This Filter Turns Astronauts' Urine Into Drinking Water. It Could Help Fight the Global Water Crisis.
"It has an enormous potential."
More than 2 billion people around the world don't have access to clean drinking water, but new technology used to purify water for astronauts at the International Space Station (ISS) could also help those on Earth who need it most, according to CNN.
Danish company Aquaporin A/S developed a system that mimics the natural process of filtering water using proteins called aquaporins. The proteins allow the transfer of water in living organisms (such as how plants can absorb water from soil), and they allow for water purification 50% faster than traditional methods.
"It is essentially the mechanism that allows water to cross the cell membrane of living cells," Peter Holme Jensen, CEO of Aquaporin A/S, told CNN.
The company refers to its system as utilizing "nature's own water filters."
Michael Flynn, lead for the Advanced Water Recycling Group at NASA’s Ames Research Center, has been working directly with Aquaporin A/S and Jensen to develop the proteins.
“Aquaporin is an example of a really interesting trend in technology right now,” Flynn told NASA. “[It has] the ability to manufacture biological machines, or biomimetics.”
Since it's difficult and expensive to transport water into space, every drop of moisture must be recycled and reused to ensure that astronauts have enough clean water to drink. The aquaporin proteins only allow water to pass through the cell membrane, so they can handle very dirty water. In space, the proteins are even used to extract clean water from the astronauts' urine.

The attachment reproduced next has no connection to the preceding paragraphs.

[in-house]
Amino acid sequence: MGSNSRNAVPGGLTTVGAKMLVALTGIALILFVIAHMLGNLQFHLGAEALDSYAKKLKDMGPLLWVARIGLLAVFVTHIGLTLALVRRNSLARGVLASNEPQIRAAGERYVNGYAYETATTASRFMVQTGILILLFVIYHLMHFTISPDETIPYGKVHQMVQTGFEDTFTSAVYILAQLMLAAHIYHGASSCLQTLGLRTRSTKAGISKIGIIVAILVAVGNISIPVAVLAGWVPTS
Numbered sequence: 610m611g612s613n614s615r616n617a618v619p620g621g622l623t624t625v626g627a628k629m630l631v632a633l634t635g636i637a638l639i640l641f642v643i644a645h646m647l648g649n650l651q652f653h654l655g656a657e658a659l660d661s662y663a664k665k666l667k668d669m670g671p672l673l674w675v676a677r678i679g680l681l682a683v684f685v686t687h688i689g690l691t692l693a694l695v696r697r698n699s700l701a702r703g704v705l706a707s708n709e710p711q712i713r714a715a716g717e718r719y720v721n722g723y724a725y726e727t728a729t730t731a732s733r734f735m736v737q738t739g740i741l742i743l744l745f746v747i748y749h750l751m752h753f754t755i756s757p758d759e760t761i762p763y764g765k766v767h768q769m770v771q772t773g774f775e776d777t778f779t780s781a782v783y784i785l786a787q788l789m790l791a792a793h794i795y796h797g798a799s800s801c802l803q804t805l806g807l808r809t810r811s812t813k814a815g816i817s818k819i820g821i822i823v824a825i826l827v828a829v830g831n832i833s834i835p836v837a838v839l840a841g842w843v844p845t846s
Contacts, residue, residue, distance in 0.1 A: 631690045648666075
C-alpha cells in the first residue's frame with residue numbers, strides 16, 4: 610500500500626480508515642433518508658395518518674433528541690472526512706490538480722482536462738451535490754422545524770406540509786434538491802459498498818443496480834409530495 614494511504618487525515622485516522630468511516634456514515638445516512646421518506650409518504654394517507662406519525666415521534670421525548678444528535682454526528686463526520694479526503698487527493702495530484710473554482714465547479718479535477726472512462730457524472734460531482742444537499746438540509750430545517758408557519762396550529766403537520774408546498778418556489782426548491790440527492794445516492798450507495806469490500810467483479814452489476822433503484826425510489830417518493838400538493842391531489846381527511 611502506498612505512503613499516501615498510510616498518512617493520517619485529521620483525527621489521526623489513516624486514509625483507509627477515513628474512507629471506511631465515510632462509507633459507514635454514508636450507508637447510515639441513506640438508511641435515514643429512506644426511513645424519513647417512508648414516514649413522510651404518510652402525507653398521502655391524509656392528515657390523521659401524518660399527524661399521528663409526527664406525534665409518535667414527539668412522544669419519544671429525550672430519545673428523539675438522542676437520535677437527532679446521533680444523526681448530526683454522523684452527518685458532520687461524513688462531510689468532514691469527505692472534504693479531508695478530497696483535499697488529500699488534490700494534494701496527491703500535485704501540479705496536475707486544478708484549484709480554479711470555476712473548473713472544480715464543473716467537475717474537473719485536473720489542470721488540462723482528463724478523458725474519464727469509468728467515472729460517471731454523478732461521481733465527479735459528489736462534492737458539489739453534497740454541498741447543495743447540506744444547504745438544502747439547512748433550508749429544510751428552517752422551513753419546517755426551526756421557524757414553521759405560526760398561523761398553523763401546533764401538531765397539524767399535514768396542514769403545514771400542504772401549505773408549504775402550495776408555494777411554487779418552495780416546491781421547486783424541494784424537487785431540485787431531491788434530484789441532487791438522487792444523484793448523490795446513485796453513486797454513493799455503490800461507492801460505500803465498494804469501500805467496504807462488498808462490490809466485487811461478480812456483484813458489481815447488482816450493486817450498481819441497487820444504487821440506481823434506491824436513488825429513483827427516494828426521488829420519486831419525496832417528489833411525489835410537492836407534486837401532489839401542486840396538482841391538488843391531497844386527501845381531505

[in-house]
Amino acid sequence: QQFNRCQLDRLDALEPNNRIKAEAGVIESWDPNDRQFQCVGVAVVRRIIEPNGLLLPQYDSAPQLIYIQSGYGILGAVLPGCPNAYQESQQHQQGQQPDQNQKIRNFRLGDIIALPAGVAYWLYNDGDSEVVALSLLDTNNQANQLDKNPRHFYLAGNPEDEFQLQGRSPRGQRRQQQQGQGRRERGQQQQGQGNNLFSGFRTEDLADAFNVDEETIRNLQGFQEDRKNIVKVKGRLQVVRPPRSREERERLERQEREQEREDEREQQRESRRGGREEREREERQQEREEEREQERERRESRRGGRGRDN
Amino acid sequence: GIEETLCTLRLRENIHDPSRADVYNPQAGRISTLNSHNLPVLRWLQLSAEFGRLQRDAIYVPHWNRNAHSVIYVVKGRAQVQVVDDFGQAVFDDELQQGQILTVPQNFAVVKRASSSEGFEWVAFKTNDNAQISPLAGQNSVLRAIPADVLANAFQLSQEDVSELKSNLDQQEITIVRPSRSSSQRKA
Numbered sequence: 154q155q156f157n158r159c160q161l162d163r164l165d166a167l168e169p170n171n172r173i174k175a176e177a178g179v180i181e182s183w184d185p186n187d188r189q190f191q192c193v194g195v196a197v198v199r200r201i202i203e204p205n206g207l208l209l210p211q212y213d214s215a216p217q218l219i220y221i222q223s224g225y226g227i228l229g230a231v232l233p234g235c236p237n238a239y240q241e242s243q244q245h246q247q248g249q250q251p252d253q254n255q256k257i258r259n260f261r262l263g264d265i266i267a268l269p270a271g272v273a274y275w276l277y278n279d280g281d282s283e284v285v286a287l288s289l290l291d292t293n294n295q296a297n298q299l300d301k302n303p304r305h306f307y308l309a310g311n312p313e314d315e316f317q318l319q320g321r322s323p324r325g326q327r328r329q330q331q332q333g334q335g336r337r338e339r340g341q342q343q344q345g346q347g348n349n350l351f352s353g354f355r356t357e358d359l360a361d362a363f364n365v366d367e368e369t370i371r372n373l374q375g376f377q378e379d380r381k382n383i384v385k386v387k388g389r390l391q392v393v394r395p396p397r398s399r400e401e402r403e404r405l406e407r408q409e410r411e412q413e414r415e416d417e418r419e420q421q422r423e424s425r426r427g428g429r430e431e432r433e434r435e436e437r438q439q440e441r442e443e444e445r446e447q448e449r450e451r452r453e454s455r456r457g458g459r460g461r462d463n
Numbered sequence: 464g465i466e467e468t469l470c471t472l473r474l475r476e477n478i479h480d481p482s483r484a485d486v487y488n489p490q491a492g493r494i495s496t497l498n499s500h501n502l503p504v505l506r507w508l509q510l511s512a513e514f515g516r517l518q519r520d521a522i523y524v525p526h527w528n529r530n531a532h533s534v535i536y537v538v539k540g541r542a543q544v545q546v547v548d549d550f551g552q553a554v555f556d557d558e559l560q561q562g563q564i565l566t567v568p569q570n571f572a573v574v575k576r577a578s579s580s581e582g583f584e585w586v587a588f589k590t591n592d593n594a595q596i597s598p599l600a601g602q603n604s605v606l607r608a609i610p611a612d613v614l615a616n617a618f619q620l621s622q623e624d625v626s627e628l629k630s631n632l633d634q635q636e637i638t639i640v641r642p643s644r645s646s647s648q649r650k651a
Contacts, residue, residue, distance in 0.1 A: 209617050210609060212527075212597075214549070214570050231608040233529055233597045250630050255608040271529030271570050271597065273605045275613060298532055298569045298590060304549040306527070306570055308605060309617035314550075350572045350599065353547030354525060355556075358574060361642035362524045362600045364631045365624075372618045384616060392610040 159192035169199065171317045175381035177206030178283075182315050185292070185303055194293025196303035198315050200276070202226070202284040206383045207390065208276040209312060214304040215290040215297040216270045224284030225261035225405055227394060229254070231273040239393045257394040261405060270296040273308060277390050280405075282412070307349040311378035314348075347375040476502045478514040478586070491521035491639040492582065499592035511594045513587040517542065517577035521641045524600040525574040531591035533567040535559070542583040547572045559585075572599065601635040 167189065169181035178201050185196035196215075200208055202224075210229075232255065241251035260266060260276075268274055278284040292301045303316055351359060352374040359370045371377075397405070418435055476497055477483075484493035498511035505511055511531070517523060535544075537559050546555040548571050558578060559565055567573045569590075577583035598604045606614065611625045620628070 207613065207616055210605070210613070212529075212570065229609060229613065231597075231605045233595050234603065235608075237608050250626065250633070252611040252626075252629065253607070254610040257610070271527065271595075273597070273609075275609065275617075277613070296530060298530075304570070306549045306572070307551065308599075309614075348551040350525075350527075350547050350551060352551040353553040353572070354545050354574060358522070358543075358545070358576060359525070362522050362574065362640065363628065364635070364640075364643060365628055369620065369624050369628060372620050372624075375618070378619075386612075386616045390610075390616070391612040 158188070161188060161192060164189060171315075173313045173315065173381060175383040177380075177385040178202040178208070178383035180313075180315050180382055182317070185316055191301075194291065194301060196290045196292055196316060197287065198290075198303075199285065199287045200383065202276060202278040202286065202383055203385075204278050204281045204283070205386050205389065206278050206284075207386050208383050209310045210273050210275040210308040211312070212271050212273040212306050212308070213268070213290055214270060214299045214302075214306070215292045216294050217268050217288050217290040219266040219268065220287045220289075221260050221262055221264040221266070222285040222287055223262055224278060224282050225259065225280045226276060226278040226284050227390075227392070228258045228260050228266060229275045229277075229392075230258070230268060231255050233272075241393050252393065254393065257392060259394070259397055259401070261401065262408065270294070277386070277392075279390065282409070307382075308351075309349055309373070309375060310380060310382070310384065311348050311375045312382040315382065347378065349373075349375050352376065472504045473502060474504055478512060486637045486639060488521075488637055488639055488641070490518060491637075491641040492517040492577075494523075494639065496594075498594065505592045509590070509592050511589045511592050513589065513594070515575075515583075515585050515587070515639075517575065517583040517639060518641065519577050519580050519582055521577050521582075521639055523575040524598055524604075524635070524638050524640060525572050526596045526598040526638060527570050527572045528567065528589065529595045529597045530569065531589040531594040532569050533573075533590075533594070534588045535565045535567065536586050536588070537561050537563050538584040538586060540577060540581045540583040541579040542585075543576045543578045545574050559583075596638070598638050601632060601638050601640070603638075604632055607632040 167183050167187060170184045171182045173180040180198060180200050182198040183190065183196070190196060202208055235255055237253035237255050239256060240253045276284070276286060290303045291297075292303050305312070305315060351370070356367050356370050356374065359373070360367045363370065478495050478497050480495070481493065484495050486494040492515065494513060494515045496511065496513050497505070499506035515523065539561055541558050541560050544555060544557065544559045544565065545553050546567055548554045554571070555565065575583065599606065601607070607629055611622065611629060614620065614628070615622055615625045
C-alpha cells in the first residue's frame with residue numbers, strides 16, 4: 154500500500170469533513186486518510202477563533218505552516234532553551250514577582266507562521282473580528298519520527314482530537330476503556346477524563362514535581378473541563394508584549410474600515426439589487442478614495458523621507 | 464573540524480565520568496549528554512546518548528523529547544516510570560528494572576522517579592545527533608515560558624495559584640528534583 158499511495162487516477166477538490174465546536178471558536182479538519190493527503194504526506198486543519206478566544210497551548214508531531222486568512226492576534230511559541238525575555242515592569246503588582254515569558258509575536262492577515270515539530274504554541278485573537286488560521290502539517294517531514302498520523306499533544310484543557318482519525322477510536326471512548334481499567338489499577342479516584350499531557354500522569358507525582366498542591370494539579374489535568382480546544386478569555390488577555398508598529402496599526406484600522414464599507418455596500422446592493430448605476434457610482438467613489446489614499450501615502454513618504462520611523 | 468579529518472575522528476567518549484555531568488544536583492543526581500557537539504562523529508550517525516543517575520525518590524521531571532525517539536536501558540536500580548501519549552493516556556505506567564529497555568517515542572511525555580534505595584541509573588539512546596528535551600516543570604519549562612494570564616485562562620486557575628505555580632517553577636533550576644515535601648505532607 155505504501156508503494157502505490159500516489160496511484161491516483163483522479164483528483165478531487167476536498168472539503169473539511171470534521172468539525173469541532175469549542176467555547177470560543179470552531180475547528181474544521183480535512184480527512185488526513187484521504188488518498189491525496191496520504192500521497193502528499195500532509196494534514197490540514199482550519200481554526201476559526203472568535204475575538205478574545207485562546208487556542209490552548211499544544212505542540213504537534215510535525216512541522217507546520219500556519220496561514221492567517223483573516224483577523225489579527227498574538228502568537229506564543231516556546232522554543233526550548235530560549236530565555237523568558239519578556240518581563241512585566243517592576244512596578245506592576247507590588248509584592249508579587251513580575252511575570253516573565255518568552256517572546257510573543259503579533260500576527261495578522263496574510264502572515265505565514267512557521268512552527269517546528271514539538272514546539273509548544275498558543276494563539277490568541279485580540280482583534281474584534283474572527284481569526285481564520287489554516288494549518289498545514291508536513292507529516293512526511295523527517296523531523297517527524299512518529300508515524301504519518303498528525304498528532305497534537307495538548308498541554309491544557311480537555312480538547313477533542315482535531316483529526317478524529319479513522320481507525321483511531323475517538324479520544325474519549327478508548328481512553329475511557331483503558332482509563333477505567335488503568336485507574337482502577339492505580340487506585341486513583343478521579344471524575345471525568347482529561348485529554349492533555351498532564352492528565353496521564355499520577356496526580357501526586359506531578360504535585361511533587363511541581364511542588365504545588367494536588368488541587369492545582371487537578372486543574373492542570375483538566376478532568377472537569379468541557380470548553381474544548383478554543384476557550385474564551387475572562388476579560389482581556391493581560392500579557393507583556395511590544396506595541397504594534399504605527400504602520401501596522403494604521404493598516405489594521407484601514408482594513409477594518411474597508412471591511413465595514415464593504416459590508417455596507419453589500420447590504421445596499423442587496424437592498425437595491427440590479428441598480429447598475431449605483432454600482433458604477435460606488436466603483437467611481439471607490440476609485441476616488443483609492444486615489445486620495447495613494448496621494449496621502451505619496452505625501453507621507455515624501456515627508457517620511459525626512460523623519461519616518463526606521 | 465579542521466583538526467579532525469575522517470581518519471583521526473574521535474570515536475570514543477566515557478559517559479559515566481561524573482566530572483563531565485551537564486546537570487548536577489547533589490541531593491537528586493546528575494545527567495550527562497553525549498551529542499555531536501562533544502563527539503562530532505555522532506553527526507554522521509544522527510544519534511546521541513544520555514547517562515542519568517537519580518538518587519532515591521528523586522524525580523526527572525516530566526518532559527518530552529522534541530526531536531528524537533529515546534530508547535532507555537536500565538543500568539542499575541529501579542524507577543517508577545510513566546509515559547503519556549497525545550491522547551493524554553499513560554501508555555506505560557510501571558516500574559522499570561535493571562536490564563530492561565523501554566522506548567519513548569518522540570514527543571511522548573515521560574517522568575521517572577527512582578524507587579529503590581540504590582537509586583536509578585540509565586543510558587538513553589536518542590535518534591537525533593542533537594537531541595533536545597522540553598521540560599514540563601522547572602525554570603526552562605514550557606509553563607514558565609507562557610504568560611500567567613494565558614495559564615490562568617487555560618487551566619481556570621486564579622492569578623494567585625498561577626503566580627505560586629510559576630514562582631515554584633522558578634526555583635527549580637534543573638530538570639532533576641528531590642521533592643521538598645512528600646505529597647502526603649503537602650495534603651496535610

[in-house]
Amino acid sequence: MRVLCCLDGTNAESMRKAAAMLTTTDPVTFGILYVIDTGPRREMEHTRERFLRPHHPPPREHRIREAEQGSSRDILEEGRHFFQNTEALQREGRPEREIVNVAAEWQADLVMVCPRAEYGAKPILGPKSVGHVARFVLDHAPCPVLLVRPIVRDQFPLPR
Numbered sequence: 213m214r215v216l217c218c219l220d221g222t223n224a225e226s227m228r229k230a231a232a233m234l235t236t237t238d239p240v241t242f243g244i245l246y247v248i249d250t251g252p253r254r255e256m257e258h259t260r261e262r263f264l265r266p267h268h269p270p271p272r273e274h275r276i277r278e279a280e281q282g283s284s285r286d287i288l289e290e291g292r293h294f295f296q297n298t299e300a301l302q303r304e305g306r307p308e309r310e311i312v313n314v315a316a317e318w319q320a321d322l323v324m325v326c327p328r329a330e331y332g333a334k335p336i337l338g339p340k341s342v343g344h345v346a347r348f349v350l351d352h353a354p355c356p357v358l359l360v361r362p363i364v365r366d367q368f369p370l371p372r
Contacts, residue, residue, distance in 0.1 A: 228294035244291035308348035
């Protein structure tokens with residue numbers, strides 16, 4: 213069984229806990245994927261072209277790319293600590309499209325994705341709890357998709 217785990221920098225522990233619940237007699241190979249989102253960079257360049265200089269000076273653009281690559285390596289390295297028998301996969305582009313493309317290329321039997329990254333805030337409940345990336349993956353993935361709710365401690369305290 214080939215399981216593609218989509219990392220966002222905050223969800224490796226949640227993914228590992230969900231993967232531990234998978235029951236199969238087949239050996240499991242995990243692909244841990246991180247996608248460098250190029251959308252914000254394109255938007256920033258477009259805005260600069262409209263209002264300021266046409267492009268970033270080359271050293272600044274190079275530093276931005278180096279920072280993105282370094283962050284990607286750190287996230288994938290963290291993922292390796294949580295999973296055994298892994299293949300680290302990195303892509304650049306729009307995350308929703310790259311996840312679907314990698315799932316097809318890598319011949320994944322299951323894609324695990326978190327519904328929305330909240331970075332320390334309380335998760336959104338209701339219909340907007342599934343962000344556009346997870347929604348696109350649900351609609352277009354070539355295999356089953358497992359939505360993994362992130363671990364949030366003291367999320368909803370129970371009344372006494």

Organizations and companies of all sizes need to participate if we are to fulfill the UN’s goal of ensuring clean water and sanitation for all. Learn what we are doing at Aquaporin – and how you can contribute too.https://t.co/U4AlJ4iyUb#cleanwater#sdg6#sustainabilitypic.twitter.com/GOxfc9hn6m— Aquaporin A/S (@AquaporinGroup) August 5, 2020
The system that NASA currently uses to filter water is heavy, only lasts 90 days, and fails to treat every containment. Now, NASA is considering replacing its system with Aquaporin A/S technology.
On Earth, Aquaporin's technology could also be an essential part of fighting the global water crisis. According to UNICEF, approximately two-thirds of the world is affected by water shortages at some point in the year, making the demand for accessible clean water increasingly urgent.
In November 2020, the company launched its first water purifier, ZERO, which provides three liters of water per minute without using electricity.
Flynn told NASA that the purifier is like “a kidney to put under your sink.”
The filtration technology can also be used to keep pollutants out of the world's natural water sources. Aquaporin A/S is working with BIOFOS, a Danish wastewater company, to remove microplastics from wastewater before flowing into the sea.
"It has an enormous potential," Dines Thornberg, BIOFOS innovation manager, told CNN. Thornberg conducted a study that found that aquaporins removed 95% of microplastics and micropollutants.
"I think the Aquaporin system could lead the way in actually creating clean, affordable drinking water from wastewater in the future. I am really optimistic that we can meet the challenges of water scarcity in many parts of the world with technologies like this," Thornberg said.